An annuity's surrender value pertains to the net cash value received by a policyholder who decides for the early cancellation of an insurance investment. The surrender value is also referred to as "cash value" or "policyholder's equity," states Investopedia.
An annuity is a type of insurance plan that guarantees a future income to an investor once the policy matures. This income can be in the form of a lump sum settlement or a stream of payments, notes CNN. In the event that the policyholder discontinues paying the premiums on the annuity or willingly terminates the contract, the insurance provider is obliged to pay the surrender value to the investor.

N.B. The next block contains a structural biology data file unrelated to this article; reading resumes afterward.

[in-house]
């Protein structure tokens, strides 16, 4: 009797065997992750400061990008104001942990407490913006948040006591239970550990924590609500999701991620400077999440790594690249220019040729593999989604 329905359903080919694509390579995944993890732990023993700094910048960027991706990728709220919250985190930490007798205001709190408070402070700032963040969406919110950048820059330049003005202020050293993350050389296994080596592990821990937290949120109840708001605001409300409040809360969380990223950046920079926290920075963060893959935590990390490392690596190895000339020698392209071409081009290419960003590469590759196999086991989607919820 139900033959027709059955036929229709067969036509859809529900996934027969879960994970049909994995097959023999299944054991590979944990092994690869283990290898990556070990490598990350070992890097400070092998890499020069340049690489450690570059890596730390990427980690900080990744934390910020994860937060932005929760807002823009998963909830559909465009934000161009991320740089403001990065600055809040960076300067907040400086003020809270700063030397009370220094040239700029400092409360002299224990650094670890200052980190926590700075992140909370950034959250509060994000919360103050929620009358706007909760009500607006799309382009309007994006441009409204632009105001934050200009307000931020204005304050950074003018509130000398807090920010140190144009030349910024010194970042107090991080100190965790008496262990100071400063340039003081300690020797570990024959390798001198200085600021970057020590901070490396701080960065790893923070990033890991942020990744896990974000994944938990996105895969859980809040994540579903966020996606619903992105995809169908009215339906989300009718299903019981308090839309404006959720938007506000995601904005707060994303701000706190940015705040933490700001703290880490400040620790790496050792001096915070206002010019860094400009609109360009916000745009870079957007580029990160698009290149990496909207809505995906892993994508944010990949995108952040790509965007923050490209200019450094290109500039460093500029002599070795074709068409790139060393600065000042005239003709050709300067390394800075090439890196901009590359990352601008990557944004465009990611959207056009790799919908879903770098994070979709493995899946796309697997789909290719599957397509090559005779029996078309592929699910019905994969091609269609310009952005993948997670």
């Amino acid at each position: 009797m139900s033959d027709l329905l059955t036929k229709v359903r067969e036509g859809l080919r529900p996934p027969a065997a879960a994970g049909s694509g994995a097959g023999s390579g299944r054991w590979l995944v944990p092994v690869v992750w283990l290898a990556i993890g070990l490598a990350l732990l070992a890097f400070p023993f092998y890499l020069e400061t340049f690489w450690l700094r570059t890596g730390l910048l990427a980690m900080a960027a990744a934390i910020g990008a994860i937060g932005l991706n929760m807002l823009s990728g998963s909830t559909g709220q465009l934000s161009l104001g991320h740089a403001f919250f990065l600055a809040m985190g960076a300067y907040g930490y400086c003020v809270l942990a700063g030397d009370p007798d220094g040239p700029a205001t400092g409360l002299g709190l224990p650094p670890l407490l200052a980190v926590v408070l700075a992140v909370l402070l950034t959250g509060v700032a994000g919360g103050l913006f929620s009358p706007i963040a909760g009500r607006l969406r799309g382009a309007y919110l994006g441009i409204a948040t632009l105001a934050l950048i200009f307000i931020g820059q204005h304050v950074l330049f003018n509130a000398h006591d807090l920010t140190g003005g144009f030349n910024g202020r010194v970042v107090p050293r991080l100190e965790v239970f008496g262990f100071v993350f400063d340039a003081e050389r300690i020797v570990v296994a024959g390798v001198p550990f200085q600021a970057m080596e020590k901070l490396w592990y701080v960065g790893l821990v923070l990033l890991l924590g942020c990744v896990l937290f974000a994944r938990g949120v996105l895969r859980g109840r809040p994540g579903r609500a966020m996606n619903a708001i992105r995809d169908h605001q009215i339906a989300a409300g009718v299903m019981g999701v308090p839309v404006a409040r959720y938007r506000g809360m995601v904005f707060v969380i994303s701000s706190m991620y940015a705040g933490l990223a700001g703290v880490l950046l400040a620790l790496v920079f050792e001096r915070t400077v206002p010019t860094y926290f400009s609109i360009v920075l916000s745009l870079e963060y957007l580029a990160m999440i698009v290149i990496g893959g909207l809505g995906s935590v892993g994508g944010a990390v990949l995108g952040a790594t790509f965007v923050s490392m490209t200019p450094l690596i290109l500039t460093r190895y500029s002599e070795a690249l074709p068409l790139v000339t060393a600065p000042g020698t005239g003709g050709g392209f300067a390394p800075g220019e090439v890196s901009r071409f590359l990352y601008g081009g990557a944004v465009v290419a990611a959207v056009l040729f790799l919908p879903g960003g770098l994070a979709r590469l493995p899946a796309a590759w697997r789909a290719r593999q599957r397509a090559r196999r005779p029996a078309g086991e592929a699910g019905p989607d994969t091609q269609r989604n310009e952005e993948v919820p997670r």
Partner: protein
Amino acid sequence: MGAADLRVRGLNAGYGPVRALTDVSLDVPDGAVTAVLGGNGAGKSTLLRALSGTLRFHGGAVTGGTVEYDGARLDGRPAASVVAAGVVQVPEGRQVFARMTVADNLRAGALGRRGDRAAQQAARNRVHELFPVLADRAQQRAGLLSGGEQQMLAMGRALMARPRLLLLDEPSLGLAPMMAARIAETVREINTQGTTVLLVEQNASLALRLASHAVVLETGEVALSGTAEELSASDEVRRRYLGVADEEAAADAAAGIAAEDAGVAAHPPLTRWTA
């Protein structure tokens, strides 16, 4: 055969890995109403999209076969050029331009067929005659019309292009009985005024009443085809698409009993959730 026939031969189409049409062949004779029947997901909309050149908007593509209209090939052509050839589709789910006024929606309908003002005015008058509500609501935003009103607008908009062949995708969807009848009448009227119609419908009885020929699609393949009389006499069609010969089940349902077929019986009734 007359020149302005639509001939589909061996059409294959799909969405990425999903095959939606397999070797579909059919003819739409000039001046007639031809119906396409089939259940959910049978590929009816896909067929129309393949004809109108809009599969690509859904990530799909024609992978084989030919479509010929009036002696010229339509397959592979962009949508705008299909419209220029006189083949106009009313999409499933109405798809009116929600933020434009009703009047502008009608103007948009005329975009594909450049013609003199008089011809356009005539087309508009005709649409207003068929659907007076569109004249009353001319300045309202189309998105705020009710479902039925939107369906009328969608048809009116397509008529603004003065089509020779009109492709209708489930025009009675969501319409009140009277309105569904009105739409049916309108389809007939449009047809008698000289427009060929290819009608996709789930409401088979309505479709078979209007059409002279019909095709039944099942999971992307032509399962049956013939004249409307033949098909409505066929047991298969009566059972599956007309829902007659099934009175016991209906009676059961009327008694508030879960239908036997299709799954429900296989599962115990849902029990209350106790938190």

The surrender value constitutes the savings portion of most long-term life insurance policies. If the surrender value received by an annuitant is greater than the amount of premiums paid, the excess is considered to be taxable income, according to Bankrate.